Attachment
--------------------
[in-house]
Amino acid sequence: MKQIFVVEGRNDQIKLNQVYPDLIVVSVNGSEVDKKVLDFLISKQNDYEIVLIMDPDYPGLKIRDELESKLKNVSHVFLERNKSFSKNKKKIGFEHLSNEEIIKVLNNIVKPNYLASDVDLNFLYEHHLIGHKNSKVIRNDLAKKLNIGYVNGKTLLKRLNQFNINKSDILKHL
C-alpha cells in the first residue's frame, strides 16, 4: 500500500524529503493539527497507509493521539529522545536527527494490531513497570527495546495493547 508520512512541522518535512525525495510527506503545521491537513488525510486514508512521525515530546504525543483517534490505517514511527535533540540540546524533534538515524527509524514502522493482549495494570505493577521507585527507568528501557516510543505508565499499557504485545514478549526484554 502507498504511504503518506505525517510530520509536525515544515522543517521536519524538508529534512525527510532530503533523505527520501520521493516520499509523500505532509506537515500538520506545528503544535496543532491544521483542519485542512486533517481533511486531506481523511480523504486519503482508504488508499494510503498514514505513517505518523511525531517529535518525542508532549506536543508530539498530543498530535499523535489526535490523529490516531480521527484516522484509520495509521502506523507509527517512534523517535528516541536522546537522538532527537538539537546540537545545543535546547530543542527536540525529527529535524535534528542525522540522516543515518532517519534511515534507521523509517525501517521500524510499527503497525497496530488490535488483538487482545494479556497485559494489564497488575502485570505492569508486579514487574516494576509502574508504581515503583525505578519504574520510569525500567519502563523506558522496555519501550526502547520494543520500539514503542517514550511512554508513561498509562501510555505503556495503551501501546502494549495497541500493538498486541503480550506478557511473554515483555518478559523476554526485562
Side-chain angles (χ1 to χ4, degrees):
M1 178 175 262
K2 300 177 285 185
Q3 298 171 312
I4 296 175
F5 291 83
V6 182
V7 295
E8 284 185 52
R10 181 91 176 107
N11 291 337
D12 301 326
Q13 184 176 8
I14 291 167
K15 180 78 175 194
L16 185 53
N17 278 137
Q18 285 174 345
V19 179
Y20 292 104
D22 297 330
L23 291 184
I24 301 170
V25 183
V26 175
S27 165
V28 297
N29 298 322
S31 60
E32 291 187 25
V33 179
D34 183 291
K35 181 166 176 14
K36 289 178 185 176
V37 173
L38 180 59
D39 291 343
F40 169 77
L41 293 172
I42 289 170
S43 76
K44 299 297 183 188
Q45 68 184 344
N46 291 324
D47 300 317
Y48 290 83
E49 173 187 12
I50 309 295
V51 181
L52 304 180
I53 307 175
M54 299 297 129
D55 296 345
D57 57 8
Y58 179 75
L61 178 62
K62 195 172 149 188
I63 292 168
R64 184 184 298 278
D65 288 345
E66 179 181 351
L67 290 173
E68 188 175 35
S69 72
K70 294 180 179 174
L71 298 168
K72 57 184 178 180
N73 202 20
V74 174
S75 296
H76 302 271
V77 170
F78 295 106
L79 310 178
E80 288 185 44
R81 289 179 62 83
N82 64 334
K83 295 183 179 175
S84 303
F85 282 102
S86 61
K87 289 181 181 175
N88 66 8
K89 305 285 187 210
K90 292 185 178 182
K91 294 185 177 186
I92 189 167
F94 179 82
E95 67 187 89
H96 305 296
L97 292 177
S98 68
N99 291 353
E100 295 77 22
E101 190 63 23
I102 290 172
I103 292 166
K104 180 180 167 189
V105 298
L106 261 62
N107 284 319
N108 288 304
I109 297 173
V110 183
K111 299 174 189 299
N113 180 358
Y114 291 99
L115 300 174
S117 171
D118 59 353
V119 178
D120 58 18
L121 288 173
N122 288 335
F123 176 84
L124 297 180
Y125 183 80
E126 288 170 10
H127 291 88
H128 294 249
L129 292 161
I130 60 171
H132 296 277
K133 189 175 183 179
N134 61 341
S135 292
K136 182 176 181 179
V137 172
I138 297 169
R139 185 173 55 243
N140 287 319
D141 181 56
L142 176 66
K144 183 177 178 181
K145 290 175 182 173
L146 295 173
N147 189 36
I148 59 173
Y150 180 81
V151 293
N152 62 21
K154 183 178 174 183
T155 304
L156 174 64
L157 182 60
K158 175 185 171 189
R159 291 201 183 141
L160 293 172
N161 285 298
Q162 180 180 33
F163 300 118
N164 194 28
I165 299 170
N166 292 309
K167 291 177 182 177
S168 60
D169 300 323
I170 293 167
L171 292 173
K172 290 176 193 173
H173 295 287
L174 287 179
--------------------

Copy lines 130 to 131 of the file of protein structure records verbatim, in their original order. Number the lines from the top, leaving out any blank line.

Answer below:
K136 182 176 181 179
V137 172